Explains stored procedures in MySQL, walking through an example and running it
- [Instructor] Now, unlike functions, stored procedures tend to do something. You'd use one if you wanted to edit or delete some data that can perform actions rather than just returning a value. We're going to look at some that do just return values, though, because I don't want to cover editing and deleting data in this course. Now let's start by looking at this query. Select everything from the inventory table for a particular film and for store number two. And when we run that we see it gives us three rows back, so there are three items of stock, all with the same film and all assigned to the same store.
Now what if we wanted to know which of these films were not currently in stock? For that we could use the film not in stock stored procedure. And if I click on it, you see the substance of the query there, which we'll look at it in a moment in Atom. But the main thing in this screen I want to show you are these parameters. So this stored procedure has three parameters, two in parameters and then one out parameter. The in parameters are film ID and store ID, and the out parameter is film count.
And all three of those are integers. So let's have a look at what they do. Now, once again, this is specific to MySQL. So we have begin and end, which contain our query. And the query says select the inventory ID from the inventory table, where the film ID is equal to our first input variable, the store ID is equal to our second input variable, and it is not the case that the inventory is in stock.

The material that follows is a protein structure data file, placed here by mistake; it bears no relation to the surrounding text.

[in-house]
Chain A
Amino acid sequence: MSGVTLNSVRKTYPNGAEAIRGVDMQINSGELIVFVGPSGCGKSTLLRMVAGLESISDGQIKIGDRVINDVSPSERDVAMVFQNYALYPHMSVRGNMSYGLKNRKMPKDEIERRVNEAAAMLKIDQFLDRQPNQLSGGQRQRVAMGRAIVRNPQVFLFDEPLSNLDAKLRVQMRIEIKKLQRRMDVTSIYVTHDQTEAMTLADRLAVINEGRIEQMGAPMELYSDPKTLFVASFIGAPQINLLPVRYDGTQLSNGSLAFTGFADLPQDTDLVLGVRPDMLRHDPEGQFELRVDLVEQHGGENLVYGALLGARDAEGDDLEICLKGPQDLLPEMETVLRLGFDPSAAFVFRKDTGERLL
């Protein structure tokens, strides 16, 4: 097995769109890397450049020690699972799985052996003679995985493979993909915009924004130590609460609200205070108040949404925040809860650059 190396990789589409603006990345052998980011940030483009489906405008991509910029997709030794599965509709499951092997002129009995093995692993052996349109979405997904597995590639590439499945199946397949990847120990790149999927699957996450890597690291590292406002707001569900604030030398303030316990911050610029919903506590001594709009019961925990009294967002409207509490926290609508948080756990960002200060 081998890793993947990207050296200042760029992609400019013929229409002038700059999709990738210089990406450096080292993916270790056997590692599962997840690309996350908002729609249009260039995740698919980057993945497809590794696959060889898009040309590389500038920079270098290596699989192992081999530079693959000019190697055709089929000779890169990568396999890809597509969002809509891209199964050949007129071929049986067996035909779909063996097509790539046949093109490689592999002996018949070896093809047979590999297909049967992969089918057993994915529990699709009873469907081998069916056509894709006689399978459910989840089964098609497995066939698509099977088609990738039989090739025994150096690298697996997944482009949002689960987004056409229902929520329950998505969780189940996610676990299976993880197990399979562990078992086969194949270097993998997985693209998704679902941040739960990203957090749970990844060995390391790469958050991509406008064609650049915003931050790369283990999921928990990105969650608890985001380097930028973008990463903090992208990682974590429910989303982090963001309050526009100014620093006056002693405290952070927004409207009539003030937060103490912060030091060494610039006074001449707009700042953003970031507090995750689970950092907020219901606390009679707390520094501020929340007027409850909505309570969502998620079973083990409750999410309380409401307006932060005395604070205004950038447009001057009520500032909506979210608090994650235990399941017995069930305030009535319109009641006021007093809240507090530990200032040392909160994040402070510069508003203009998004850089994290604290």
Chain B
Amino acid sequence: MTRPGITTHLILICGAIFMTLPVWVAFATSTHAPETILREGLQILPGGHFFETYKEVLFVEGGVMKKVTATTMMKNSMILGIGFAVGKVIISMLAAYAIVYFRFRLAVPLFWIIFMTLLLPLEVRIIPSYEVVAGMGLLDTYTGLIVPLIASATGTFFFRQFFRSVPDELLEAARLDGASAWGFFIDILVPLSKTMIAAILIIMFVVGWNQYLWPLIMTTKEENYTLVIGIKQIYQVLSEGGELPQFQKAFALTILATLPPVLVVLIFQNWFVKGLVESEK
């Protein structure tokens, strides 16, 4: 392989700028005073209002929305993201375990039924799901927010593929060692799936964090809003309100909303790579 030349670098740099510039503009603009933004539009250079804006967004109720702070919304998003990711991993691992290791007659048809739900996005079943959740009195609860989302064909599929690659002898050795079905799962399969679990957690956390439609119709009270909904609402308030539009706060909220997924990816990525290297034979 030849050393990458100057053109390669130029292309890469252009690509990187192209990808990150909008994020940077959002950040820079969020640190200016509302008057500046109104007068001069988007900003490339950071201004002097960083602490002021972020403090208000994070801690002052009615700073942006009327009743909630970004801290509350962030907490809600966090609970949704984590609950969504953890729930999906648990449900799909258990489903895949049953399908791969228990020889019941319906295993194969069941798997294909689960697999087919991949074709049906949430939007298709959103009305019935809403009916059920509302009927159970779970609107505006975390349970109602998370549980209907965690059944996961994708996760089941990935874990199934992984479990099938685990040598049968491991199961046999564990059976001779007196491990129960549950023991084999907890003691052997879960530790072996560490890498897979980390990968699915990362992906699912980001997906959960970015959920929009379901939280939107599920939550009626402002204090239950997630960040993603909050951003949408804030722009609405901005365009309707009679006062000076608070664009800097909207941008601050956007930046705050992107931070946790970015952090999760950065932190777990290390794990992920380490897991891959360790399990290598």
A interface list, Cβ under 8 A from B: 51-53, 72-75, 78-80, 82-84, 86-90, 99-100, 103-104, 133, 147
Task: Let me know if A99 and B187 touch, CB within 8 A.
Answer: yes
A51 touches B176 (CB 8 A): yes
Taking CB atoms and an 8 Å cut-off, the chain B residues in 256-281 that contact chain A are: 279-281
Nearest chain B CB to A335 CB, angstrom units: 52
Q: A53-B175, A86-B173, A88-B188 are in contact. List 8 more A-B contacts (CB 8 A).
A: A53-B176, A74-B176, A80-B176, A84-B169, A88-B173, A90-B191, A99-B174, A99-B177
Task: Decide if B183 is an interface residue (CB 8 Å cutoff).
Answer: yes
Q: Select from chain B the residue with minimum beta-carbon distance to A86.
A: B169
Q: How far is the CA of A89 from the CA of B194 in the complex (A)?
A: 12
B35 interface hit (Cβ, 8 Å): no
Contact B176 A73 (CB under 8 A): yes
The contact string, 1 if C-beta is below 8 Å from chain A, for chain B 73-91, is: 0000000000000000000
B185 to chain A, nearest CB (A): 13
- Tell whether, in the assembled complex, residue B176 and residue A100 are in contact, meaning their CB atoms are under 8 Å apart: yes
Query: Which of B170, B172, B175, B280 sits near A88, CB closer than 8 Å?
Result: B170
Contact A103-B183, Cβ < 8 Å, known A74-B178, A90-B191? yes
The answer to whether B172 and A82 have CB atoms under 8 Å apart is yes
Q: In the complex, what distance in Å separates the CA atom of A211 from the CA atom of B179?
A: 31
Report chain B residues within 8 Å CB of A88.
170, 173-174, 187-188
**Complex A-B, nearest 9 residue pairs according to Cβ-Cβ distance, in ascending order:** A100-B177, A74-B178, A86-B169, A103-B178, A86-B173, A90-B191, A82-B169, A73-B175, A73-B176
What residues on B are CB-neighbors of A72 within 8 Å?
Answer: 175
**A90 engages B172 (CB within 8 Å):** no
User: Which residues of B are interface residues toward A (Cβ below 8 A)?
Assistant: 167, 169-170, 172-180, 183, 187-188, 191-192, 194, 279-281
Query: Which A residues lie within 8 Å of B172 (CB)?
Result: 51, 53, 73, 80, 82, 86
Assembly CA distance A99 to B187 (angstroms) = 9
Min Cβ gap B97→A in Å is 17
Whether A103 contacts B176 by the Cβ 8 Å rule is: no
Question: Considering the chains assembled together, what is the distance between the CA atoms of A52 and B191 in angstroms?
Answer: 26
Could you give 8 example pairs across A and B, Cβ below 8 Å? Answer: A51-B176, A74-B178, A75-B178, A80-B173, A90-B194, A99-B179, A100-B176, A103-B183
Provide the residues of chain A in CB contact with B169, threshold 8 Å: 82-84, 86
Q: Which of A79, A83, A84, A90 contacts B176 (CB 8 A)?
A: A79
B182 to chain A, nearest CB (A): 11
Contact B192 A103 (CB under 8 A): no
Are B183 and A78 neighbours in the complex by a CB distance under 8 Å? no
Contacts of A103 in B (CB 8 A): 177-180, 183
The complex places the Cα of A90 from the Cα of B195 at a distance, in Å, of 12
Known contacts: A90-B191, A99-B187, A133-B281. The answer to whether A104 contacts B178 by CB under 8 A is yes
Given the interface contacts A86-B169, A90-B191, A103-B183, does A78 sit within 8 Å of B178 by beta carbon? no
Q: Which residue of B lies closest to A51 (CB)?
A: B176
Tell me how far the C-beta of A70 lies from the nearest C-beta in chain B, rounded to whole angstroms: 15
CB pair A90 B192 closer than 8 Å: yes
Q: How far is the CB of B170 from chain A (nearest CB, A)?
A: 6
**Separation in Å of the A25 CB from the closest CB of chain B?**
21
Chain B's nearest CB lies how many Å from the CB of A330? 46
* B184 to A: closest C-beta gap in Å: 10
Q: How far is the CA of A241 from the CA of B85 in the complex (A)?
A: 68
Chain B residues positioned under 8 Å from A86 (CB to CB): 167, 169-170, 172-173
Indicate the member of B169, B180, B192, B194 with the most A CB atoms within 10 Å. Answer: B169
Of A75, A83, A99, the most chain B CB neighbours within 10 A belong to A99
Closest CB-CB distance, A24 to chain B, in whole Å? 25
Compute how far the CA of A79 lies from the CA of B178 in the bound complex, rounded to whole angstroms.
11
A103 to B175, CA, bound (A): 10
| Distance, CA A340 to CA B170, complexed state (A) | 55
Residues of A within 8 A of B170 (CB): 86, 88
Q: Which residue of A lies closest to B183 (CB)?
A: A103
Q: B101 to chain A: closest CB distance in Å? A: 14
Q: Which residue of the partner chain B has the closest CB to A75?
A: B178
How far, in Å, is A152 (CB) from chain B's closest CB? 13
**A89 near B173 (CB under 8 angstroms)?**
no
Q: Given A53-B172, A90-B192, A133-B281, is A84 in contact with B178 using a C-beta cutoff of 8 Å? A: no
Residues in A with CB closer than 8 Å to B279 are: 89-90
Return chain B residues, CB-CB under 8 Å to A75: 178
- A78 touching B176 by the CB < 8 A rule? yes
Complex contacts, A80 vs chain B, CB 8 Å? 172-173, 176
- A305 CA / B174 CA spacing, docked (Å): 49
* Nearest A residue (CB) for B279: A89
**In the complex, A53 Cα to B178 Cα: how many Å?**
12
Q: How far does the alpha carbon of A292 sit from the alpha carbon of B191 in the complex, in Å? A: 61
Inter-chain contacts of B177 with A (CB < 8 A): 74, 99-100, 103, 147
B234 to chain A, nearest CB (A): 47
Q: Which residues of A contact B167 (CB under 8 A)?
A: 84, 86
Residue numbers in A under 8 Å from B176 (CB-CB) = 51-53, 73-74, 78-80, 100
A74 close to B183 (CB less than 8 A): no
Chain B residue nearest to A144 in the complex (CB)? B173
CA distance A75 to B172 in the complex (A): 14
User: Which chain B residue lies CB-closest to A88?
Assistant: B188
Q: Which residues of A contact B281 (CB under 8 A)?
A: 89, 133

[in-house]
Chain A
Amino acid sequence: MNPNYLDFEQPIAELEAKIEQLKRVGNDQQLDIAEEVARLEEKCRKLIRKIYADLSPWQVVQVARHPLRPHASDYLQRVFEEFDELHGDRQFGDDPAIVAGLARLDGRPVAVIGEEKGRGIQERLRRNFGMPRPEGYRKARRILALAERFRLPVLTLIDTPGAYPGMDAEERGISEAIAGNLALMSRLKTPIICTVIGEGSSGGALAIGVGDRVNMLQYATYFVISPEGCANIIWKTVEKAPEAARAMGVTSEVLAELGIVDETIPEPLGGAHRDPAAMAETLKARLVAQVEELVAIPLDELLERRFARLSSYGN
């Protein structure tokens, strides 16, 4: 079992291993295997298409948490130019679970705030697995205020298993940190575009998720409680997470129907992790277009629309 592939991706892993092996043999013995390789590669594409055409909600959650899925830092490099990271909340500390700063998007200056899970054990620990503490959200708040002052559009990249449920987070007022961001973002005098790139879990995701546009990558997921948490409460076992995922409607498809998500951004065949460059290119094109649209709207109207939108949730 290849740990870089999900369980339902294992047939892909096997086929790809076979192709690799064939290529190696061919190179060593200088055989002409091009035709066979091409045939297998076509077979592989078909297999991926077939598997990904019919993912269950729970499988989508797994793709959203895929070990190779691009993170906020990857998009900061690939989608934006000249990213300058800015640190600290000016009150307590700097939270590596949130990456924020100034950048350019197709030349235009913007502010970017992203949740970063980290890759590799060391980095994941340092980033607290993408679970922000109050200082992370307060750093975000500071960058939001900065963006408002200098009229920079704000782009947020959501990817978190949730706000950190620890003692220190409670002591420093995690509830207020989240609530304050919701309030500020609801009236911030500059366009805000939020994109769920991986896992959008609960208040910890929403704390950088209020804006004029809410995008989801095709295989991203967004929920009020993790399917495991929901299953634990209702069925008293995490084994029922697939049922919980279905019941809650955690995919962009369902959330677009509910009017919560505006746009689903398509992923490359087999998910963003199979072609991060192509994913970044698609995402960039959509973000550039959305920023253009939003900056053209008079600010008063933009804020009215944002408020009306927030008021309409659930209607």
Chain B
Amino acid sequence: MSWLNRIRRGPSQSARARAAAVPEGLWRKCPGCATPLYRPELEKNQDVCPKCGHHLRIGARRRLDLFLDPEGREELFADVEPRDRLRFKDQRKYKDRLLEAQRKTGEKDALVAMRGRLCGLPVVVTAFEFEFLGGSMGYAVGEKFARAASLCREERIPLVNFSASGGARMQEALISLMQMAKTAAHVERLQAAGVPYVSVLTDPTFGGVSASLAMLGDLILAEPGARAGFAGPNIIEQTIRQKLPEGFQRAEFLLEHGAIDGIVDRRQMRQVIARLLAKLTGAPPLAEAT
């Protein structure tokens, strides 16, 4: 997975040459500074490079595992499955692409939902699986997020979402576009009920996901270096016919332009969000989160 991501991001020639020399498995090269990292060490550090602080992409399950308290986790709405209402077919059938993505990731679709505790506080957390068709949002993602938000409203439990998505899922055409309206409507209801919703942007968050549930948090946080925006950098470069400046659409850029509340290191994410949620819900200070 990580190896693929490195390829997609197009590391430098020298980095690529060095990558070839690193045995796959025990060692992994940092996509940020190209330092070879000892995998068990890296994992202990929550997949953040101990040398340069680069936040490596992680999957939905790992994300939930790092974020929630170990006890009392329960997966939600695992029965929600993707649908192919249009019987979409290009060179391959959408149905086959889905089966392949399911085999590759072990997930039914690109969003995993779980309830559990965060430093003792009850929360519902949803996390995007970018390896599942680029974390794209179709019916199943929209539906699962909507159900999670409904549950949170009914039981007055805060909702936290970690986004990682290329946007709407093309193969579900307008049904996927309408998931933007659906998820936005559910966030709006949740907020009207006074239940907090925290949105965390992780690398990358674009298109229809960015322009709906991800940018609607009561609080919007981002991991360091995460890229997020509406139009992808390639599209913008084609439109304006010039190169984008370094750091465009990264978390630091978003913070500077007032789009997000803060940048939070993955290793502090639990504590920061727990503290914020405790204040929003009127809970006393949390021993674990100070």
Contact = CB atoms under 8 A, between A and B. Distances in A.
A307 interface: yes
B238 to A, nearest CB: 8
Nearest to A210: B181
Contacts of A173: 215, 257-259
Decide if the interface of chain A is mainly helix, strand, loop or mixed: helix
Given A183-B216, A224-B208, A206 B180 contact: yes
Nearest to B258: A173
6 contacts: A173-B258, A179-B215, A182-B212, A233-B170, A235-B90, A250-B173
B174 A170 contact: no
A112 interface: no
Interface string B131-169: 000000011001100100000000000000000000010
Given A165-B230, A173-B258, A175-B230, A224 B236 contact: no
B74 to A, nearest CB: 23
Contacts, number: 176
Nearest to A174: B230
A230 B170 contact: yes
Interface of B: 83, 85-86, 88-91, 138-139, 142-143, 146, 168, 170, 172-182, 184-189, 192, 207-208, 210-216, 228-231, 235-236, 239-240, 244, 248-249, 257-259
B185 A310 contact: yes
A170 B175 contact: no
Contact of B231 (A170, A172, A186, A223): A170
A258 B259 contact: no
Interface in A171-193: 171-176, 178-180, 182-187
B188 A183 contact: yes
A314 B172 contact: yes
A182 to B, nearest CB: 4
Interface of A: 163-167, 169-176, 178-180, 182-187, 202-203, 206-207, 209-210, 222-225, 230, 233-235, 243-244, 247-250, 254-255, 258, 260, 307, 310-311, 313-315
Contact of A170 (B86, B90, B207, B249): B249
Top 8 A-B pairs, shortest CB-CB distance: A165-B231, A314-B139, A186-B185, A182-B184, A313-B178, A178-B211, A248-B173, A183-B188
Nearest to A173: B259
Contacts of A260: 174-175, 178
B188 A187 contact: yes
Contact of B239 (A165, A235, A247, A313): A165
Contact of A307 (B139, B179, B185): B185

Now, inventory in stock is a function name, and this is an important thing to know about stored procedures. You can use functions within stored procedures, but you can't do the opposite. So you can't have a stored procedure within a function. So we're saying, and the item is not in stock, and then it says select all the rows that have been found into our output variable, which is P film count. So when you're running a stored procedure in MySQL, we use the call keyword.
Call film not in stock, and then we say, parameter one is two, next one is also two and then for the final output parameter we give a variable name. And that's so, if we wanted, we could then write another query down here and we could make use of that at count like so. We're not going to do that, but that's why a variable name is specified there, to hold the value in case you need it.
And when we hit go, we return just the number nine, which tells us that although there are three copies of this film in store number two, only one of them is currently not in stock. And there's another way of checking that because we've got a stored procedure called film in stock. And so if we were to run that, we would see that the films that are in stock, for film number two and store number two, are 10 and 11.
Join Emma Saunders as she shows you how to design and write simple SQL queries for data reporting and analysis. Review the different types of SQL, and then learn how to filter, group, and sort data, using built-in SQL functions to format or calculate results. Learn a bit about data types and database design. Discover how to perform more complex queries, such as joining data together from different database tables. Last but not least, Emma shows how to save your queries as views, so you can run them again and again.
- Using different versions of SQL
- Retrieving data with SELECT statements
- Filtering and sorting your results
- Transforming results with built-in SQL functions
- Grouping SQL results
- Merging data from multiple tables
- Identifying data types, and how to make sense of your database design
- Saving SQL queries